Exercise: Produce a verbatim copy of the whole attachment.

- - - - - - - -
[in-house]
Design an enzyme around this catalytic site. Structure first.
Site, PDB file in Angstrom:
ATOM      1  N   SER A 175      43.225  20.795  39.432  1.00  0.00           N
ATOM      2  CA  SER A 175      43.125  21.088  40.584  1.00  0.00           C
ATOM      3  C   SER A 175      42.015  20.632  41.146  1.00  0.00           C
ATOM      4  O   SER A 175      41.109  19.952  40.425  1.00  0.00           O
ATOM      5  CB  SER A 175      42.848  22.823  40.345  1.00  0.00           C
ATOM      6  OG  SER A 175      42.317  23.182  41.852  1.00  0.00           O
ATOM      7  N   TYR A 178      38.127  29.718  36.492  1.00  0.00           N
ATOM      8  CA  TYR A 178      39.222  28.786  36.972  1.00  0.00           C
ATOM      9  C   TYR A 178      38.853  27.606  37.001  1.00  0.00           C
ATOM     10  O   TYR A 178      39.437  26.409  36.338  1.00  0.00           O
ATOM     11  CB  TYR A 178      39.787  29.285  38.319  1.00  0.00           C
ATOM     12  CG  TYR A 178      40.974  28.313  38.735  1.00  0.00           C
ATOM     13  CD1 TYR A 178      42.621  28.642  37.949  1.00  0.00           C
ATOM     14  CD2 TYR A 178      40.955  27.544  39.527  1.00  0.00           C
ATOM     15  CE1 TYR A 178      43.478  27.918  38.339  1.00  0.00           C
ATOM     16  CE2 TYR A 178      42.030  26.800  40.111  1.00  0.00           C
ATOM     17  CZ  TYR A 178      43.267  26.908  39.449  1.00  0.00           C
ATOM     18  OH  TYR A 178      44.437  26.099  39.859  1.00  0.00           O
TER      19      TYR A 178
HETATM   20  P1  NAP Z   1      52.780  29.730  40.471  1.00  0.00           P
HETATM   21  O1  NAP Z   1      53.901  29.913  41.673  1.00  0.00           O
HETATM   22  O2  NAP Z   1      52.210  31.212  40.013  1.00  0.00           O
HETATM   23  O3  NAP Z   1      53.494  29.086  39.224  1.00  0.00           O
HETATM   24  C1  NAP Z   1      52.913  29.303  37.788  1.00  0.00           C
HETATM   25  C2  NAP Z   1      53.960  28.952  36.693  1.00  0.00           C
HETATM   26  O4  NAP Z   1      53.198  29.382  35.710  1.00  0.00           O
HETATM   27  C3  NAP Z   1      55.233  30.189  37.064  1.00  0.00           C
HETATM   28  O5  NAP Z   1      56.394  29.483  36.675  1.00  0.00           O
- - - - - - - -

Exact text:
[in-house]
Design an enzyme around this catalytic site. Structure first.
Site, PDB file in Angstrom:
ATOM      1  N   SER A 175      43.225  20.795  39.432  1.00  0.00           N
ATOM      2  CA  SER A 175      43.125  21.088  40.584  1.00  0.00           C
ATOM      3  C   SER A 175      42.015  20.632  41.146  1.00  0.00           C
ATOM      4  O   SER A 175      41.109  19.952  40.425  1.00  0.00           O
ATOM      5  CB  SER A 175      42.848  22.823  40.345  1.00  0.00           C
ATOM      6  OG  SER A 175      42.317  23.182  41.852  1.00  0.00           O
ATOM      7  N   TYR A 178      38.127  29.718  36.492  1.00  0.00           N
ATOM      8  CA  TYR A 178      39.222  28.786  36.972  1.00  0.00           C
ATOM      9  C   TYR A 178      38.853  27.606  37.001  1.00  0.00           C
ATOM     10  O   TYR A 178      39.437  26.409  36.338  1.00  0.00           O
ATOM     11  CB  TYR A 178      39.787  29.285  38.319  1.00  0.00           C
ATOM     12  CG  TYR A 178      40.974  28.313  38.735  1.00  0.00           C
ATOM     13  CD1 TYR A 178      42.621  28.642  37.949  1.00  0.00           C
ATOM     14  CD2 TYR A 178      40.955  27.544  39.527  1.00  0.00           C
ATOM     15  CE1 TYR A 178      43.478  27.918  38.339  1.00  0.00           C
ATOM     16  CE2 TYR A 178      42.030  26.800  40.111  1.00  0.00           C
ATOM     17  CZ  TYR A 178      43.267  26.908  39.449  1.00  0.00           C
ATOM     18  OH  TYR A 178      44.437  26.099  39.859  1.00  0.00           O
TER      19      TYR A 178
HETATM   20  P1  NAP Z   1      52.780  29.730  40.471  1.00  0.00           P
HETATM   21  O1  NAP Z   1      53.901  29.913  41.673  1.00  0.00           O
HETATM   22  O2  NAP Z   1      52.210  31.212  40.013  1.00  0.00           O
HETATM   23  O3  NAP Z   1      53.494  29.086  39.224  1.00  0.00           O
HETATM   24  C1  NAP Z   1      52.913  29.303  37.788  1.00  0.00           C
HETATM   25  C2  NAP Z   1      53.960  28.952  36.693  1.00  0.00           C
HETATM   26  O4  NAP Z   1      53.198  29.382  35.710  1.00  0.00           O
HETATM   27  C3  NAP Z   1      55.233  30.189  37.064  1.00  0.00           C
HETATM   28  O5  NAP Z   1      56.394  29.483  36.675  1.00  0.00           O